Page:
Today the OBR confirm that our national debt peaked in 2016/17 at 85.2 percent of GDP and then falls in every year of the forecast from 83.7 percent this year; to 74.1 percent in 23-24 that’s lower in every year than forecast at the Spring Statement.
I have set out an indicative 5-year path for departmental resource spending...In Spending Review 2010 average real growth was –3 percent; In Spending Review 2015 it was –1.3 percent; From next year it will be +1.2 percent annual average real growth.
When our EU negotiations deliver a deal, as I am confident they will, I expect that the “Deal Dividend” will allow us to provide further funding for the Spending Review.
Over the next five years, total public investment is growing 30 percent to its highest sustained level in 40 years, investing in the roads, railways, research, and digital infrastructure that will power our economy through the 21st Century.
I will provide an additional 1 billion pounds to the Ministry of Defence to cover the remainder of this year and next to boost our cyber capabilities and our anti-submarine warfare capacity and to maintain the pace of the Dreadnought programme to ensure Continuous At Sea Deterrence.
I remain committed to the use of public-private partnership where it delivers value for the taxpayer and genuinely transfers risk to the private sector. But there is compelling evidence that the Private Finance Initiative does neither.
We will honour existing contracts. But the days of the public sector being a pushover, must end. We will establish a centre of excellence to actively manage these contracts in the taxpayers’ interest starting in the health sector. And we will go further.
I have never signed off a PFI contract as Chancellor and I can confirm today that I never will. I can announce that the Government will abolish the use of PFI and PF2 for future projects.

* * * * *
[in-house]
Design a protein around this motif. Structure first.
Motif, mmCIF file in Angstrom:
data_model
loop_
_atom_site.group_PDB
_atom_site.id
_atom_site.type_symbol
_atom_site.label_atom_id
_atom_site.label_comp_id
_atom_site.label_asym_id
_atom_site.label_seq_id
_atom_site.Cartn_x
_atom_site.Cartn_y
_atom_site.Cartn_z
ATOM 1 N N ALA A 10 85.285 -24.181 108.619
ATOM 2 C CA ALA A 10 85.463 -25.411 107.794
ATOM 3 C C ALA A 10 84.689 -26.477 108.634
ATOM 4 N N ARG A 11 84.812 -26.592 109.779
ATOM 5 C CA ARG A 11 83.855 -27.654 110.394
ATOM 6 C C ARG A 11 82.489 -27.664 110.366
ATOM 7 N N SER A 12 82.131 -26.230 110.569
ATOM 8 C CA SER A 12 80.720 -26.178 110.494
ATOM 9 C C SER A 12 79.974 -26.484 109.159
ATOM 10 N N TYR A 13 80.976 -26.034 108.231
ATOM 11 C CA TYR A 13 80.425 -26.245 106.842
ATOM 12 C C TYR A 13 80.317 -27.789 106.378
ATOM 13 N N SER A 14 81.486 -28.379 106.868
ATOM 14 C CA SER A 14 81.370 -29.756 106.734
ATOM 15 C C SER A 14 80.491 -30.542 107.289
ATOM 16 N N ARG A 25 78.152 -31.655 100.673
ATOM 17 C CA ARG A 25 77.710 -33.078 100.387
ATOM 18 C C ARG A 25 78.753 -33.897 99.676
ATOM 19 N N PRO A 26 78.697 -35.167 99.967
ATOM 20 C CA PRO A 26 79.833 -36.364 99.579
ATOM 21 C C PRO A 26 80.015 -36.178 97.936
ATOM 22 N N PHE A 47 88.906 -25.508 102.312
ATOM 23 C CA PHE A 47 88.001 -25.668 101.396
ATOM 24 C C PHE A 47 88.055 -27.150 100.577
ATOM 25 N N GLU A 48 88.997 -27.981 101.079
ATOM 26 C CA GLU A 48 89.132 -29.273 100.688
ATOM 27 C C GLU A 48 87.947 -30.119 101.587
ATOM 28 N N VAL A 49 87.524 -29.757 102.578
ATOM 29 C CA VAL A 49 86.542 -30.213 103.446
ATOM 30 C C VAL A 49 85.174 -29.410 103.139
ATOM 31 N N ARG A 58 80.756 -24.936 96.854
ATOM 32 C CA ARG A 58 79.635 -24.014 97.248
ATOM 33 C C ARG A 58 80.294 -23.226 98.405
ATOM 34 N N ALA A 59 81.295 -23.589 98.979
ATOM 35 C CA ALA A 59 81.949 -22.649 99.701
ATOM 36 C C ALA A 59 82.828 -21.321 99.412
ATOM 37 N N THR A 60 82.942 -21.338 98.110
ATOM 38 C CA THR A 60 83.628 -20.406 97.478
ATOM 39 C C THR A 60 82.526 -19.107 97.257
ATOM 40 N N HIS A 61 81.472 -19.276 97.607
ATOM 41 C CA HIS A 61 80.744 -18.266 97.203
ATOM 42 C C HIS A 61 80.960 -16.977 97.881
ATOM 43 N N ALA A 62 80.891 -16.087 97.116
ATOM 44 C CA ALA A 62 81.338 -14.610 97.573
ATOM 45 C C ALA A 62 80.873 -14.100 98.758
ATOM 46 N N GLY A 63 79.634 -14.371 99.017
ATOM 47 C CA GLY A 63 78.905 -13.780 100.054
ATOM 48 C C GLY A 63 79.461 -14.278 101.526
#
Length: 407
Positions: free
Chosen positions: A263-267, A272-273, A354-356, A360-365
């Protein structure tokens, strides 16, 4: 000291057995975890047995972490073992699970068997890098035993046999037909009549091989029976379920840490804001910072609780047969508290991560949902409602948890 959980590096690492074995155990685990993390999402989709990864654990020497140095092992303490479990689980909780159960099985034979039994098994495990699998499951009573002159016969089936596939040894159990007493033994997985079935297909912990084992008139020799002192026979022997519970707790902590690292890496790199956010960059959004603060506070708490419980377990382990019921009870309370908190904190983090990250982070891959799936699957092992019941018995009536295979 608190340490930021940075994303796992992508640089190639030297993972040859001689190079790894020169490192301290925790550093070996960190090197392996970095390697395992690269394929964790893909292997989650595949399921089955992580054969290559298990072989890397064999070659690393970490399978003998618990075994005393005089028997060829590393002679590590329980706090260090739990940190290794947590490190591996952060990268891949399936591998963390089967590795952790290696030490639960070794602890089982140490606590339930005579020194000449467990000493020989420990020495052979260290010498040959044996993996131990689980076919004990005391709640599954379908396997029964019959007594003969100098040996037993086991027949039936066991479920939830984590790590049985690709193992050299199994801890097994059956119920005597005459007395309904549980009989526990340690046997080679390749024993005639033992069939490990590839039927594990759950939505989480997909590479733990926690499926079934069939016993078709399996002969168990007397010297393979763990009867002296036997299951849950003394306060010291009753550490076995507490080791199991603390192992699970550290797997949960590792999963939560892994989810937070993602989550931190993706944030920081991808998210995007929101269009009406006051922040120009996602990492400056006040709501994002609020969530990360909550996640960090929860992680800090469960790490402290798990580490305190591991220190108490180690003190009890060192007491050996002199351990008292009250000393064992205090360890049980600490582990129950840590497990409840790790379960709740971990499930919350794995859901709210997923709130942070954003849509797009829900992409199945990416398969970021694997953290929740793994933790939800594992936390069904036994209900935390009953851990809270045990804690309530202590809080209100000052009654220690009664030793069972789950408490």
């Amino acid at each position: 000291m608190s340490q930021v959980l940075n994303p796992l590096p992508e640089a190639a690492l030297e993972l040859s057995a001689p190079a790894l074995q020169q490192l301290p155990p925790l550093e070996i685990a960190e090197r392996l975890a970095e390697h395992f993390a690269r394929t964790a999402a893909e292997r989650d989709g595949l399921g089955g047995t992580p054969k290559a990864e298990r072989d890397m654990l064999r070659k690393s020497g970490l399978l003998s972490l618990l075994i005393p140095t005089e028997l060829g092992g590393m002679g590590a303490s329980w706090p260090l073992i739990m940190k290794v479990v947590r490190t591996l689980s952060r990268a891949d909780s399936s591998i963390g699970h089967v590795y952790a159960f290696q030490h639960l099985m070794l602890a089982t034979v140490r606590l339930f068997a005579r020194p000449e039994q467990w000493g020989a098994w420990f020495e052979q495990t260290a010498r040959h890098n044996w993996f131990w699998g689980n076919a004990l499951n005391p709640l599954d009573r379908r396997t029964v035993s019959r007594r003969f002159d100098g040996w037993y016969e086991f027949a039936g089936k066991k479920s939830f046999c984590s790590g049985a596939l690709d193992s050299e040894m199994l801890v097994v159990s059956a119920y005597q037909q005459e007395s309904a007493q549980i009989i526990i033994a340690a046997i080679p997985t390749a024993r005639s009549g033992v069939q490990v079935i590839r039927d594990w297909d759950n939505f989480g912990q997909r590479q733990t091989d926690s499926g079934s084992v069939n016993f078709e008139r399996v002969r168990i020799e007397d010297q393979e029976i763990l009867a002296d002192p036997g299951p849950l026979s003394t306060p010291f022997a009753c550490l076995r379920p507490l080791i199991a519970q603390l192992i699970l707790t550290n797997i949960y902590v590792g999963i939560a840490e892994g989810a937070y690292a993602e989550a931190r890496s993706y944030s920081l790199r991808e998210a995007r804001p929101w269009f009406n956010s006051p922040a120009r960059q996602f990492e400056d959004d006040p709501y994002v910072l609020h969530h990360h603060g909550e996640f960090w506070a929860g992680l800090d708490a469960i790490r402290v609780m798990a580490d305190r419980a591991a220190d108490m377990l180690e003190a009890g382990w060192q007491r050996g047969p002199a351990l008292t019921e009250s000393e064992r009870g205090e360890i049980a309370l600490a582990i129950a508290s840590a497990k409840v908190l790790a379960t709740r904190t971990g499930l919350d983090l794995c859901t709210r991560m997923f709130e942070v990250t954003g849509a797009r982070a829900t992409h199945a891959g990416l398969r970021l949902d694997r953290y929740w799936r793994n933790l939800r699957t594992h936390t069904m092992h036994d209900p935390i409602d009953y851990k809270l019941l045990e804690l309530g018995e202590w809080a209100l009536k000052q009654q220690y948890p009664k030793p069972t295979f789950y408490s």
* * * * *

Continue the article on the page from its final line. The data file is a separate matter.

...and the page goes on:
I can announce a package of measures to stimulate business investment and send a message loud and clear to the rest of the world: Britain is open for business: I am increasing the Annual Investment Allowance, from 200,000 pounds to 1 million pounds for two years.
I can announce today: A further 500 million pounds for the Housing Infrastructure Fund, to unlock a further 650,000 homes; The next wave of strategic partnerships with 9 Housing Associations to deliver 13,000 homes across England.
We will introduce a new tax on the manufacture and import of plastic packaging which contains less than 30 percent recycled plastic transforming the economics of sustainable packaging.
I will monitor carefully the effectiveness of the action the takeaway drinks industry is taking to reduce single-use plastics and I will return to this issue if sufficient progress is not made.
We will increase Remote Gaming Duty on online games of chance, to 21 percent in order to fund the loss of revenue as we reduce FOBT stakes to 2 pounds.
Reporting by Kate Holton and Sarah Young